Langley then ordered Shaver, who was lying prone at Langley's request, to cross his legs. Moments later, he ordered Shaver to push himself "up to a kneeling position". While complying with the order to kneel, Shaver uncrossed his legs and Langley shouted that Shaver needed to keep his legs crossed. Startled, Shaver then put his hands behind his back and was again warned by Langley to keep his hands in the air. Langley yelled at Shaver that if he deviated from police instructions again, they would shoot him. Sergeant Langley told Shaver not to put his hands down for any reason. Shaver said, "Please don't shoot me". Upon being instructed to crawl, Shaver put his hands down and crawled on all fours. While crawling towards the officers, Shaver moved his right hand towards his waistband. Brailsford, who later testified he believed that Shaver was reaching for a weapon, then opened fire with his AR-15 rifle, striking Shaver five times and killing him almost instantly. Shaver was unarmed and may have been attempting to prevent his shorts from slipping down. An autopsy report found that Shaver was intoxicated,[a] which police stated may have contributed to his confused response to their commands.
Body camera footage
Shaver's widow requested that the Mesa Police Department release bodycam footage of the event. The request for the bodycam footage was initially refused. In a recording released by Shaver's widow, purportedly of a meeting between her and Maricopa County prosecutors, she was told that she could watch the video only if she agreed not to discuss its contents with the press. Prosecutors and defense attorneys in Brailsford's murder trial asked that the bodycam footage be sealed. Maricopa County Superior Court Judge Sam Myers granted the motion to seal the footage.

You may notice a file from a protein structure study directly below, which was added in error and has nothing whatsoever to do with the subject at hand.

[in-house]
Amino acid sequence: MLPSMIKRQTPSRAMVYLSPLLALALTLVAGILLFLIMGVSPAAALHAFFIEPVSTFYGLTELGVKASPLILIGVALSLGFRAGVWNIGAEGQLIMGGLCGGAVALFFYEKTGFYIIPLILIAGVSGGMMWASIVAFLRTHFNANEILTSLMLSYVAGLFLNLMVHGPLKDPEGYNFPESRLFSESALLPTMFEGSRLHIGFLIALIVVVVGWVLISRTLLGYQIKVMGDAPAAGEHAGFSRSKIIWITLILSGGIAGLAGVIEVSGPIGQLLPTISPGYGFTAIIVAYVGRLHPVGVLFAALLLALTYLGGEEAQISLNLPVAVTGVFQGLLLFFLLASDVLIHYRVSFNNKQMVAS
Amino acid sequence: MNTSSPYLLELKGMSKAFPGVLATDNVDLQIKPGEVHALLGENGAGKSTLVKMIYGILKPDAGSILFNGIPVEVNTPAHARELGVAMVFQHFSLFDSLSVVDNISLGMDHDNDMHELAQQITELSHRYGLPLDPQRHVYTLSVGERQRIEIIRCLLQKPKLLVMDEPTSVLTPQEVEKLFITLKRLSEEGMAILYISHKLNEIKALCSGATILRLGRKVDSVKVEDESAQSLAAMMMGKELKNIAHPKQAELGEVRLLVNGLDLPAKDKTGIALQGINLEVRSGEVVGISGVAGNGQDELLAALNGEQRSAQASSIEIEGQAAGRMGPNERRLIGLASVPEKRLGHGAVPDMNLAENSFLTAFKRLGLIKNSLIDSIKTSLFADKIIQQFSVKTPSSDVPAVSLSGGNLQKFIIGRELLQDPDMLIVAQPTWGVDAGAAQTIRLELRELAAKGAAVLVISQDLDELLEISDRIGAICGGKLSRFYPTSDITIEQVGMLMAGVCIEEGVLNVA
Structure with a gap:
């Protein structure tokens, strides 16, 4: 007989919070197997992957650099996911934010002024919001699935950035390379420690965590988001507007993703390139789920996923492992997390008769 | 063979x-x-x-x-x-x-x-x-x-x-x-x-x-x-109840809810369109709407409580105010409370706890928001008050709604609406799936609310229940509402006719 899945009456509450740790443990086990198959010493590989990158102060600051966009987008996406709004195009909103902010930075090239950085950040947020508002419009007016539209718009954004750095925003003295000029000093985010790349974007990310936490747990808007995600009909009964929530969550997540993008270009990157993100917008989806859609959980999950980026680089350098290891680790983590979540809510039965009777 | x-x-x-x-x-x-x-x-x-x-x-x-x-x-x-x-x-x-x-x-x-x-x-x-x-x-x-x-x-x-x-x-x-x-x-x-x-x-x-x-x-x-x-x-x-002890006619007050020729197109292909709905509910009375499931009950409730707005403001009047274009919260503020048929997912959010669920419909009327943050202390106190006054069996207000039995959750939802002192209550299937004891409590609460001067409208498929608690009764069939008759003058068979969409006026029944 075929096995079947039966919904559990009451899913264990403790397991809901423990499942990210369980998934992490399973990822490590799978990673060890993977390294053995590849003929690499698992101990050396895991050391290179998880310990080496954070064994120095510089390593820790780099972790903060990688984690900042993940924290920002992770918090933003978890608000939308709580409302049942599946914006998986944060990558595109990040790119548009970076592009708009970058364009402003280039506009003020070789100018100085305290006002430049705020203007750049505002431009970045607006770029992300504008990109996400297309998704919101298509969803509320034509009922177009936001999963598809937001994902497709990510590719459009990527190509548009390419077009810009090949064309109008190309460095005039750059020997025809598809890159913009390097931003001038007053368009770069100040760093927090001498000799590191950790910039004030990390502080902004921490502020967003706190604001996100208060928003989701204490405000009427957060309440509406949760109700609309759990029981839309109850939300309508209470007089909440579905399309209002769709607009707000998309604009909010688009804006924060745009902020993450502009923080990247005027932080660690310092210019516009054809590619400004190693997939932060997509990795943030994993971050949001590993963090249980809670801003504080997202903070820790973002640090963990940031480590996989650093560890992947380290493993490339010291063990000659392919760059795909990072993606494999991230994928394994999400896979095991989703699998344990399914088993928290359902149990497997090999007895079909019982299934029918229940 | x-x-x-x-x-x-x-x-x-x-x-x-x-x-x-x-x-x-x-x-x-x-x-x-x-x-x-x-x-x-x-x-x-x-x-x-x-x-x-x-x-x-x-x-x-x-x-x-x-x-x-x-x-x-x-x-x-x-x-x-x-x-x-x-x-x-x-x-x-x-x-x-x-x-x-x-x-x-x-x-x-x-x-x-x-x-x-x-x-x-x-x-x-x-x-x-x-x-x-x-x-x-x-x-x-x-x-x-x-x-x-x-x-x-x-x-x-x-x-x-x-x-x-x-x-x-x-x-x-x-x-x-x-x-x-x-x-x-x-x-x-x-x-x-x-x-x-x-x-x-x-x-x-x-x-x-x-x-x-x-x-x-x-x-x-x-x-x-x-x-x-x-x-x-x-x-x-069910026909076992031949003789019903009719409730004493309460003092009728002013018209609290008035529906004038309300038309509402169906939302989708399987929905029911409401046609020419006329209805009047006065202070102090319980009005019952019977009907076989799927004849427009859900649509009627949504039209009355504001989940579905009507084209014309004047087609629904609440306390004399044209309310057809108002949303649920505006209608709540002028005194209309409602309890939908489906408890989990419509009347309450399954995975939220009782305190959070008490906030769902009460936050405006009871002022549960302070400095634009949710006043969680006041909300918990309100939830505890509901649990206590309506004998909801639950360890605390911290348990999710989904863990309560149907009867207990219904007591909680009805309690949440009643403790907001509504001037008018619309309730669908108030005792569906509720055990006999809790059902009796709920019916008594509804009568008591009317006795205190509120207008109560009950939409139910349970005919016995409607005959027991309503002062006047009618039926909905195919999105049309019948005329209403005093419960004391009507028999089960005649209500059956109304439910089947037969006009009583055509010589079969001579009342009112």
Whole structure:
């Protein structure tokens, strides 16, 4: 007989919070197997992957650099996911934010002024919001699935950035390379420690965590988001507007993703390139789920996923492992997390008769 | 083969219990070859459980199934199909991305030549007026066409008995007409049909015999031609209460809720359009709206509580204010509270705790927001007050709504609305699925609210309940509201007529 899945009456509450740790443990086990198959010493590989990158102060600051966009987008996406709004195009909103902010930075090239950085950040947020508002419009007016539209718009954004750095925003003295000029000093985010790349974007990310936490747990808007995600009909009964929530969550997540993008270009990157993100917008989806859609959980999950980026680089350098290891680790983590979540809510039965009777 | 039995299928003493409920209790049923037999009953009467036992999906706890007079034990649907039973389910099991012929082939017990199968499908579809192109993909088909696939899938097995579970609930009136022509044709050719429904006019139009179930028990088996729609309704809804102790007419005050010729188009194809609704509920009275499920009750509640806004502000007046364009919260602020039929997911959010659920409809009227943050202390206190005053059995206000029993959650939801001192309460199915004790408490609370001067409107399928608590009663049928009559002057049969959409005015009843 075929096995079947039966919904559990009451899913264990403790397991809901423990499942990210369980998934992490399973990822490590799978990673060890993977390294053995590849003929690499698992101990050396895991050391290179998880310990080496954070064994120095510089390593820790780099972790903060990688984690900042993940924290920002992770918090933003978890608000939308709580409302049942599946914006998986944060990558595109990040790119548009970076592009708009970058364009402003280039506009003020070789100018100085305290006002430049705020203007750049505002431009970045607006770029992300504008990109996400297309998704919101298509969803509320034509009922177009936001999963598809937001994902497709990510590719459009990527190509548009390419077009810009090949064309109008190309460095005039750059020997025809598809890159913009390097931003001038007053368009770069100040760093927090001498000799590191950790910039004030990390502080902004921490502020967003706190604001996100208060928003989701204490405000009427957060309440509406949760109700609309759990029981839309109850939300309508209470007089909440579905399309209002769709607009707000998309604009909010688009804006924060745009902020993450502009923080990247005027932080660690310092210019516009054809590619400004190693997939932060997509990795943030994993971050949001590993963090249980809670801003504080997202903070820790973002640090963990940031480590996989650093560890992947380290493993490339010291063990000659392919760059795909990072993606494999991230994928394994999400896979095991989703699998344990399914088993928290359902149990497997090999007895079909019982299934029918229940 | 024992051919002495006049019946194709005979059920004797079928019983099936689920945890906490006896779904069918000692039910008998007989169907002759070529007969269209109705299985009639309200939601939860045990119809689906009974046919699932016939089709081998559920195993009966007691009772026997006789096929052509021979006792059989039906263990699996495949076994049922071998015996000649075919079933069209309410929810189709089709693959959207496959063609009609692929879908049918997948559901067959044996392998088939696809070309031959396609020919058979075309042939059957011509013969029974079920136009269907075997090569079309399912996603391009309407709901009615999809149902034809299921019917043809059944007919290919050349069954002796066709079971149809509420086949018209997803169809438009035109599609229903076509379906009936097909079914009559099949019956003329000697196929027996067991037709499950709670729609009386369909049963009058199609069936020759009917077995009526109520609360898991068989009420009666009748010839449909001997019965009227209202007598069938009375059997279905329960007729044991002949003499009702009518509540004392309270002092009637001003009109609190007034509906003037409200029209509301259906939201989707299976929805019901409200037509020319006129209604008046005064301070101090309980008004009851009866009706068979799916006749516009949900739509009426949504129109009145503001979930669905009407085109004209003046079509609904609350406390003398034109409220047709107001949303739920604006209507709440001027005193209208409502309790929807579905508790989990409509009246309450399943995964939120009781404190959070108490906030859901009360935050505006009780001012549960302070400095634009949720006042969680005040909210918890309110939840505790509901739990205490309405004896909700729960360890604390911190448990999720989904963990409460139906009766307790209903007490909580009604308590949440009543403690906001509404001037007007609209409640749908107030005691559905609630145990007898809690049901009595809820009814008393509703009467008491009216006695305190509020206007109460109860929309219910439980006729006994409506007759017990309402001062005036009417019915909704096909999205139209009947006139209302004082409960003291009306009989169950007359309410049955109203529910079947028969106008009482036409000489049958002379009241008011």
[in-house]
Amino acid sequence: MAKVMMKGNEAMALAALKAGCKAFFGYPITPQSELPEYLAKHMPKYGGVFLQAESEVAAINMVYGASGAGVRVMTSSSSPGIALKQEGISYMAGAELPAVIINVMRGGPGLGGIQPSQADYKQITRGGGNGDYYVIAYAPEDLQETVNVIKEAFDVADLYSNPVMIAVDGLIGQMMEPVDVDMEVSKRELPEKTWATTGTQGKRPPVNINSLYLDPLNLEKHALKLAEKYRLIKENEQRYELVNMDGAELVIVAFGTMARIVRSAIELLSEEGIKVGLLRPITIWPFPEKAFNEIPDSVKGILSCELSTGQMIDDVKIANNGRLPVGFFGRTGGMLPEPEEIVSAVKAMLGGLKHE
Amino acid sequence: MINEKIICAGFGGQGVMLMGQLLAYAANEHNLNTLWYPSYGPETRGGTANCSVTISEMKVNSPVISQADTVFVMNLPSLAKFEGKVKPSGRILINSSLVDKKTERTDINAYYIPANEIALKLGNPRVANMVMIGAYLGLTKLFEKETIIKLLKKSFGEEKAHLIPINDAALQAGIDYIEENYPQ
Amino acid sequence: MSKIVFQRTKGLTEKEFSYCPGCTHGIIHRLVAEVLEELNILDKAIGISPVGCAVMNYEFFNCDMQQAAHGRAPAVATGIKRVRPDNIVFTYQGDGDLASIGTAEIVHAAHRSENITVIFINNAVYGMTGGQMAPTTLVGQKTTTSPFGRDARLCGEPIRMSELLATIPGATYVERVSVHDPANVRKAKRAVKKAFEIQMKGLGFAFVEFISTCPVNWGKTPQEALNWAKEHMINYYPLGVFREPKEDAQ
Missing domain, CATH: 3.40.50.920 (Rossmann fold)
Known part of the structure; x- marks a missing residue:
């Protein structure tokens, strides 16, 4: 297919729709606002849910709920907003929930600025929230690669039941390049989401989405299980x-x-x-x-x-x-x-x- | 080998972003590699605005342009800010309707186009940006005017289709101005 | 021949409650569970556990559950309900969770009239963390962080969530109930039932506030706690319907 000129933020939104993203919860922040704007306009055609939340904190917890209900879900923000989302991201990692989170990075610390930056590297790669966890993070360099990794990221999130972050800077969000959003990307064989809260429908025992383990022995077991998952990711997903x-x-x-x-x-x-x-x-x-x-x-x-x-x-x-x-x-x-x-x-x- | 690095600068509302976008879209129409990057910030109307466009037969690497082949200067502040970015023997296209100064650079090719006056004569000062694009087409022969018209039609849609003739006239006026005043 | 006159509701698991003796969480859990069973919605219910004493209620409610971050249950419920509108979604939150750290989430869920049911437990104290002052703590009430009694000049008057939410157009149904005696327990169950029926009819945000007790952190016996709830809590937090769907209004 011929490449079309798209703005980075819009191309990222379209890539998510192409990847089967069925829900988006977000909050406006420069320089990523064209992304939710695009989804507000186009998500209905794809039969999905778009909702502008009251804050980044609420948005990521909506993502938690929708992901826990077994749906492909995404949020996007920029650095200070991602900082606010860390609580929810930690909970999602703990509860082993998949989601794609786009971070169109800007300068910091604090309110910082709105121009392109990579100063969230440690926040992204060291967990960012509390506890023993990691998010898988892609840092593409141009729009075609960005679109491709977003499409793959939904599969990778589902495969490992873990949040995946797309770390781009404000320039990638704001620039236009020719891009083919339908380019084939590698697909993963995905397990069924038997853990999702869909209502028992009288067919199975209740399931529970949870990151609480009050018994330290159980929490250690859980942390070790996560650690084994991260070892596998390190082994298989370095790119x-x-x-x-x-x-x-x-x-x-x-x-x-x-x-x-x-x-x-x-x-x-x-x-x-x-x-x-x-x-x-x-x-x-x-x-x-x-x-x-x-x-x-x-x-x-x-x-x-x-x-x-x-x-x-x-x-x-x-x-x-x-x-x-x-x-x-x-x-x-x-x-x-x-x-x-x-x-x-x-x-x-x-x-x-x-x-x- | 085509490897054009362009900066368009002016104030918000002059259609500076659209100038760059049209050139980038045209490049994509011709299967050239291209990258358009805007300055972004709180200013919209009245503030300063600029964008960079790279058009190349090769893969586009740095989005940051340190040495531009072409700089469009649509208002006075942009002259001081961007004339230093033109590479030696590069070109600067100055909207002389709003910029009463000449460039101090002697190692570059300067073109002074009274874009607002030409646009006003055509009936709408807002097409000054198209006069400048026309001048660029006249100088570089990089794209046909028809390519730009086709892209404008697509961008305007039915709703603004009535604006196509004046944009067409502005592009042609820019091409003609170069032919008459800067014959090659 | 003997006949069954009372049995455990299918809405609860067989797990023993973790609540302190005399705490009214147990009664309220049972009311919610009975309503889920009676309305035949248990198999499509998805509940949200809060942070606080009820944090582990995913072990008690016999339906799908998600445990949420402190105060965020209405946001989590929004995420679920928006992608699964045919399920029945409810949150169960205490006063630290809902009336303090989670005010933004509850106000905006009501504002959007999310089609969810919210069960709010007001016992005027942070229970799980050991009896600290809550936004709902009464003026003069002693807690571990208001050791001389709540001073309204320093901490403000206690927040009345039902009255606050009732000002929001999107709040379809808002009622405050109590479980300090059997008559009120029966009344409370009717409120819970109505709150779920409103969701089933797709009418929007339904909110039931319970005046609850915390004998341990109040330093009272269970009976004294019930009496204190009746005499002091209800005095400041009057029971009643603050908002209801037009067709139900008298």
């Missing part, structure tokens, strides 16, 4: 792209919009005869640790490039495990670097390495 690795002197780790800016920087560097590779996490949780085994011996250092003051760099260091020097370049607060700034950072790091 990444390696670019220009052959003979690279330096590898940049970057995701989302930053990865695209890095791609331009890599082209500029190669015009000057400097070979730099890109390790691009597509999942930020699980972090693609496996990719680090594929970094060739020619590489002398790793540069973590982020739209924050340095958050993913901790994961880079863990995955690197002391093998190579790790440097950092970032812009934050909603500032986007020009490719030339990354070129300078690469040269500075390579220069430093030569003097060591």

On May 25, 2016, Myers ordered portions of the video released. The released video omitted the shooting itself. The redacted version included footage from Brailsford's body camera up to the time when someone exits Shaver's hotel room and footage from another officer's camera while he escorted a woman from the room. The full unedited body camera footage of the shooting was released by the Mesa Police Department hours after Brailsford was found not guilty of murder and reckless manslaughter.
Criminal charges against Brailsford
In early March 2016, the Maricopa County Attorney's Office announced it would pursue second-degree murder charges against Brailsford in relation to the incident. According to a statement by the county attorney, "after carefully reviewing the relevant facts and circumstances, we have determined that the use of deadly physical force was not justified in this instance." Brailsford pleaded not guilty.
Termination from police department
Later that month, the Mesa Police Department fired Brailsford, citing several policy violations and unsatisfactory performance. An internal investigation report revealed that Brailsford had violated department weapon policy by engraving his patrol rifle with the phrases "You're fucked" and "Molon labe" (a Greek expression meaning "come and take it"). Brailsford had also previously been investigated for body slamming a teenager during an arrest.